(AFP) – Aug 1, 2008
BEIJING (AFP) — China on Friday rolled back a few high-profile planks of its Internet censorship system in an apparent effort to defuse an embarrassing dispute over media freedom just days ahead of the Olympics.
Journalists arriving here to cover the Beijing Games have found that access to a wide array of Internet sites, including Western news organisations and human rights groups, were banned.
But after talks between the International Olympic Committee (IOC) and Beijing authorities on Thursday, several sites were unblocked.
The previously barred websites of human rights group Amnesty International and press freedom organisation Reporters Without Borders were easily accessible on the Chinese Internet system on Friday.
The BBC Chinese service and German broadcaster Deutsche Welle, similarly blacklisted previously, were also accessible.
The lifting of Internet curbs appeared to go beyond Olympic venues, with AFP reporters able to consult those normally banned sites from an ordinary Chinese Internet portal.
Amnesty and Reporters Without Borders said their sites could also be viewed by ordinary Chinese elsewhere in Beijing and in other cities.
However many sites were still blocked, including those linked to Chinese dissidents, the outlawed Falungong spiritual movement, the Tibetan government-in-exile and sites with information on the 1989 Tiananmen massacre.
The easing of some curbs follows a week of controversy after China backtracked on a pledge to allow the more than 20,000 foreign reporters covering the Games complete access to the Internet.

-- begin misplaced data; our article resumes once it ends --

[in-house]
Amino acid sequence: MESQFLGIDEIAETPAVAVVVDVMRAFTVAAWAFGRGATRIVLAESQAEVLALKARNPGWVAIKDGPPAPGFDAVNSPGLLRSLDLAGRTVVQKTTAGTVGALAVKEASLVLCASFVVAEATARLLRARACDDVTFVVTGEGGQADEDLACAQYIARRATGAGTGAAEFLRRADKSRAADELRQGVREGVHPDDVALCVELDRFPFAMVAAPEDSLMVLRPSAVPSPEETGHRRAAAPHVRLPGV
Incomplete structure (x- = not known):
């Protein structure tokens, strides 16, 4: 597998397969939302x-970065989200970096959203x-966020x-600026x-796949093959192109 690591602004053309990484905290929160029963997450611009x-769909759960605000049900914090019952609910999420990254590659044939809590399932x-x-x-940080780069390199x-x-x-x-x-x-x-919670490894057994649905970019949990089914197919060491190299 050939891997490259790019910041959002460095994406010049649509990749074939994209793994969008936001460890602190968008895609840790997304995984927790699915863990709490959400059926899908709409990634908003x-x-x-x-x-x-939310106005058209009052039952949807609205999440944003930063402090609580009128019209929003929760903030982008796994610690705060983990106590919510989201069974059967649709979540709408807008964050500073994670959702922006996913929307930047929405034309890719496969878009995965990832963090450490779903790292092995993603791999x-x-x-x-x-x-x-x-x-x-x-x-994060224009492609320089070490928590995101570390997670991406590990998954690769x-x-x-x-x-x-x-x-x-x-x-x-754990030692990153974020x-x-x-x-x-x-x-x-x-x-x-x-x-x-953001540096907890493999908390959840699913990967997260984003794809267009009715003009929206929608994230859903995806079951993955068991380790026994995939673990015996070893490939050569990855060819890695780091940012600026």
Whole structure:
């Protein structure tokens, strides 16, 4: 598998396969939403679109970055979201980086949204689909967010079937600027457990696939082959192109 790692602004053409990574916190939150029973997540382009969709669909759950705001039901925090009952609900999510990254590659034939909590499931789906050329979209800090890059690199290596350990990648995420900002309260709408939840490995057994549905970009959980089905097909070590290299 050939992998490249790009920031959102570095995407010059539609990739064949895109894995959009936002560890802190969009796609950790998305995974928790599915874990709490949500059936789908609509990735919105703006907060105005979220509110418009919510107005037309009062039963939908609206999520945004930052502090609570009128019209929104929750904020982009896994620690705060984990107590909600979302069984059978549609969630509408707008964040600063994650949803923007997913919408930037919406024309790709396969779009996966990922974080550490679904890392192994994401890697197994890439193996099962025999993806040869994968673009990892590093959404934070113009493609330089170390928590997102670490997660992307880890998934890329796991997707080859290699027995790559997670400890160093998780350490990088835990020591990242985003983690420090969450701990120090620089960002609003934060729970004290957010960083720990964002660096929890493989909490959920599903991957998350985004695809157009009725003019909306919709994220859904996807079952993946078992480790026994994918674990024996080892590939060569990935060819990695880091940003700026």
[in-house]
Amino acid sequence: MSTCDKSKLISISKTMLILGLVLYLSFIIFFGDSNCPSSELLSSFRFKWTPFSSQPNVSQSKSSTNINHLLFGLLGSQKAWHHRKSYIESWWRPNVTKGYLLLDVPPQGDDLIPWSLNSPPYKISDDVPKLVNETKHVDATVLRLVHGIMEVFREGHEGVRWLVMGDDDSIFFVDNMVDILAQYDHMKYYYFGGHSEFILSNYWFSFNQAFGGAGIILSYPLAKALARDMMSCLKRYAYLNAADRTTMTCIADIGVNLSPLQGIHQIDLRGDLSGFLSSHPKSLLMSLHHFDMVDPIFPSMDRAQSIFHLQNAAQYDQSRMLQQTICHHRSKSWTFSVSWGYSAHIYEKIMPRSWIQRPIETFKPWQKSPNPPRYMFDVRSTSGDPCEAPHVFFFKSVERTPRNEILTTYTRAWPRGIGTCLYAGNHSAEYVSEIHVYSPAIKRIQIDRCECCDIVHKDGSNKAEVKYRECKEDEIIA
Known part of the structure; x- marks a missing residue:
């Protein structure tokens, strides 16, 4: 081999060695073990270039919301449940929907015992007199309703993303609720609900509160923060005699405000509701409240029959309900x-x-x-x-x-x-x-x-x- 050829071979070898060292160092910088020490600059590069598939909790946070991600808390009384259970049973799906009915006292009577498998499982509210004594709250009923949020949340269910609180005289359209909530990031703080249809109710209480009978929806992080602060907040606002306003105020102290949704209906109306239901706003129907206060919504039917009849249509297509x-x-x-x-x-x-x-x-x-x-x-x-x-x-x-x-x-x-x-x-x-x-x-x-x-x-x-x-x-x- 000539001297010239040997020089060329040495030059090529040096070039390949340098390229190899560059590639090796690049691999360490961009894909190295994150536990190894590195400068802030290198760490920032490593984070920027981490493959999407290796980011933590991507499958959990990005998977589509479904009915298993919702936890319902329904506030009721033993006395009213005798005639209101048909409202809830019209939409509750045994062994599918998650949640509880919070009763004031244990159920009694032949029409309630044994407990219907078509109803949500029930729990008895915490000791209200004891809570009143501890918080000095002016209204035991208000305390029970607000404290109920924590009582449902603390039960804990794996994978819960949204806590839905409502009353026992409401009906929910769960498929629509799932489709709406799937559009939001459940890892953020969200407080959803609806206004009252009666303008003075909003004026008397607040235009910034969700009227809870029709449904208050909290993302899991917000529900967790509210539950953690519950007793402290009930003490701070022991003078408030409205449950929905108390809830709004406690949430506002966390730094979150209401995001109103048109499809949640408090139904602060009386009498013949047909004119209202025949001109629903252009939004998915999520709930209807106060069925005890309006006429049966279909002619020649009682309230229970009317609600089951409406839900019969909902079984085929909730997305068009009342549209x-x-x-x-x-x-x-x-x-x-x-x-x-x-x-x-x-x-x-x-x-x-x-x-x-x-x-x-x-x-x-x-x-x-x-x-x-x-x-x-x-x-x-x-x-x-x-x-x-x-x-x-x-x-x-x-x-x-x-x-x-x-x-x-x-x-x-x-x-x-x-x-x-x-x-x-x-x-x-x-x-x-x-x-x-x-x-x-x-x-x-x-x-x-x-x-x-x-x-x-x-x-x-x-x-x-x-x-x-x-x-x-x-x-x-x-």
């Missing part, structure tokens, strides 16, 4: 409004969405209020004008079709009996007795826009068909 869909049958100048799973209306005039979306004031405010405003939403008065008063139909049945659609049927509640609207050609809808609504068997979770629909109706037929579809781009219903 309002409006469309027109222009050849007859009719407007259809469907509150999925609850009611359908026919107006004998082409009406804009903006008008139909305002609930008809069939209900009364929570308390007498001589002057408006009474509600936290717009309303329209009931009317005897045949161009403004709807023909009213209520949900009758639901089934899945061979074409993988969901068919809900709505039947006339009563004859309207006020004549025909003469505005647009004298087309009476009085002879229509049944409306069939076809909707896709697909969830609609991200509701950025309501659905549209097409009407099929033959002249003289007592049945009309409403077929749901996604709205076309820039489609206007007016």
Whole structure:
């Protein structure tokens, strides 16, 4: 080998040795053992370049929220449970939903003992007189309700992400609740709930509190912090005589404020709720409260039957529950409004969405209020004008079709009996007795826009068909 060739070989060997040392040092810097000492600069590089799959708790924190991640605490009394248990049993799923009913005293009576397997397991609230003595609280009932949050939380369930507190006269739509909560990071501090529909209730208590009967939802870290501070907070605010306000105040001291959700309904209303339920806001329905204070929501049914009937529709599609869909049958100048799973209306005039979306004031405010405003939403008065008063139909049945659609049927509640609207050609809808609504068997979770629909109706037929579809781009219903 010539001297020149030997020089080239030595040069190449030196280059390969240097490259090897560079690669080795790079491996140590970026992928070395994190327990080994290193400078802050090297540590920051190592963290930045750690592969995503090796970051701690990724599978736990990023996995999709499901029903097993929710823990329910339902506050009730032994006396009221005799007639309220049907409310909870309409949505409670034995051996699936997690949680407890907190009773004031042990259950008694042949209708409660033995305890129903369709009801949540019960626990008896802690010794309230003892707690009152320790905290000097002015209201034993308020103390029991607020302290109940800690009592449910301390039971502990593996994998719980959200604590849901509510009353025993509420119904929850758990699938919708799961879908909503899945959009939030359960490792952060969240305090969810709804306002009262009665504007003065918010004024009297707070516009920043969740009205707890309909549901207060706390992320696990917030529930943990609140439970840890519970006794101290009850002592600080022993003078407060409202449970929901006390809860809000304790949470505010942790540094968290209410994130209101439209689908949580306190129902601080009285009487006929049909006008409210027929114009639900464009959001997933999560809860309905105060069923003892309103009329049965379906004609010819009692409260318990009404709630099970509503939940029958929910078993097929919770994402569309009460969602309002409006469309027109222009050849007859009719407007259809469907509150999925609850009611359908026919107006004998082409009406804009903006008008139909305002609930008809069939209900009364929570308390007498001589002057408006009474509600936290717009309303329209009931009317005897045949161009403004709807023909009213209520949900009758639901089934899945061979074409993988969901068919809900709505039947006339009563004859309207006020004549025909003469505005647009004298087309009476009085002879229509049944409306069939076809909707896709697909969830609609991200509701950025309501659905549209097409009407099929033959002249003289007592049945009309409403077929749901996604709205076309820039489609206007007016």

The IOC was embarrassed by China's decision, after its president, Jacques Rogge, promised last month that foreign reporters would have unfettered Internet access.
IOC spokeswoman Giselle Davies on Friday welcomed the lifting of restrictions on some of the sites deemed sensitive, such as that of leading human rights group Amnesty.
"It's a good thing," she said.
The IOC said it had pressed China to open up Internet access in talks on Thursday with the Beijing Olympic organising committee (BOCOG) and Chinese authorities.
"Following discussions the IOC held with BOCOG and Chinese authorities regarding difficulties experienced this week in accessing some web sites, the IOC is pleased to see that the issues are being quickly resolved," Davies said.
"The media should be seeing a noticeable difference in accessibility to websites that they need to report on the Olympic Games."
Amnesty and Reporters without Borders also cautiously welcomed the decision to unblock their sites.
"We welcome the news today that the authorities have lifted blocks on our website in the Olympics media venues and possibly elsewhere in Beijing," said Roseann Rife, deputy director for Amnesty's Asia-Pacific Programme.
"However, arbitrary blocking and unblocking of certain sites does not fulfil the duty to comply with international standards of freedom of information and expression."
BOCOG spokesman Sun Weide said some Internet sites remained blocked but insisted that China would guarantee "sufficient" Internet access to allow journalists to do their job.
"Some sites are blocked under Chinese law, but I do not have further information on which," he said.
Reporters Without Borders, which has described China as an "enemy of the Internet," said "this partial lifting of censorship shows that the Chinese government is not completely insensitive to pressure."
"If the whole world had mobilised as early as 2001, before the Games were attributed to Beijing, maybe the situation today would be different. Perhaps journalists would have been released before the opening ceremony," it said.
The watchdog says at least 50 people are being held in Chinese jails for online activities deemed inappropriate by authorities.
China's communist rulers are known to operate an extensive Internet censorship system that blocks information they view as improper, unhealthy or a threat to its rule.
Experts say more than 40,000 Internet police are employed to implement the so-called "Great Firewall of China."
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